The Court affirmed an order of the circuit court denying appellants’ motions for summary judgment on counterclaims seeking confirmation of an arbitration award. The Court first held that the order was final and appealable because it did not merely deny the motions for summary judgment but also dismissed the counterclaims and thus, constituted adjudication on the merits of the counterclaims. The Court then held that the termination of the arbitration for nonpayment of fees did not constitute an arbitration award under KRS 417.120. Because no award was made by the arbitrator, appellee was not obligated to challenge the termination of the proceedings under KRS 417.160. Further, because appellee attempted to get reconsideration of the termination, it accrued no prejudice or res judicata effect legally sufficient to preclude it from filing the action seeking a judicial legal remedy.

Torts – Causes of action, private schools (breach of contract, libel, slander, invasion of privacy): Bentley v. Trinity Christian Academy (COA 5/29/2009)

Bentley v. Trinity Christian Academy
2008-CA-000574 05/29/2009 2009 WL 1491351

Opinion by Judge Dixon; Judge Moore and Senior Judge Knopf concurred.

The Court affirmed an order of the circuit court granting summary judgment in favor of the appellee private school on appellant’s claims for denial of due process, breach of contract, libel and slander, and invasion of privacy related to the expulsion of a student from the school.

The Court first held that the school’s student handbook did not guarantee the same due process protections as provided in public schools and even if it did, because the student was informed of the allegations against her and was given the opportunity to respond and defend her actions, her due process protections were not violated.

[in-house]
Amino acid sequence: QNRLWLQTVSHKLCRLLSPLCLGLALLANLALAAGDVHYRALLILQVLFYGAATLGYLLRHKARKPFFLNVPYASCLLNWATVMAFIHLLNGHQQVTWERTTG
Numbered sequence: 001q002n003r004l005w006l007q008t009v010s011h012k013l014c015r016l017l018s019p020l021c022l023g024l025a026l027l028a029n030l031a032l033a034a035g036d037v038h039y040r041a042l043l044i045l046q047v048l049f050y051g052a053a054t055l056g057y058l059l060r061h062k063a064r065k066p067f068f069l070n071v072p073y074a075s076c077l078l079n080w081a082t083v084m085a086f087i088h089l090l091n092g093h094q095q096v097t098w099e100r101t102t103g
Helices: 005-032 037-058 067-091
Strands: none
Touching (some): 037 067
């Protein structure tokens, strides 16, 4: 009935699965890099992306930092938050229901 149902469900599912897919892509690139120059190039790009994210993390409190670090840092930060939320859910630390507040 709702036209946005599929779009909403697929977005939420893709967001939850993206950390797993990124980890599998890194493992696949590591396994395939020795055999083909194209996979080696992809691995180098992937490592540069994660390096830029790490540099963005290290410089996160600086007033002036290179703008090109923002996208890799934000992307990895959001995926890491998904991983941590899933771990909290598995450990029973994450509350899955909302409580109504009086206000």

The Court then held that the school did not breach the contract by failing to follow the five-step disciplinary process or failing to document prior discipline issues in writing as the school retained the discretion to expel or suspend a student who committed a major offense, even if it was a first offense. Further, the student failed to avail herself of the required remedy of following the proper grievance procedure for appeal to the school board.

The Court next held that appellant failed to present sufficient evidence of libel and slander. The headmaster’s interviews with students to question them as to the details of what they had heard or observed of the alleged incidents was not slander when there was no allegation that he divulged information or opinions to the students. Further, emails from the headmaster to the school board following the student’s dismissal were properly characterized as internal reporting memos and fell under the purview of a qualified privileged communication.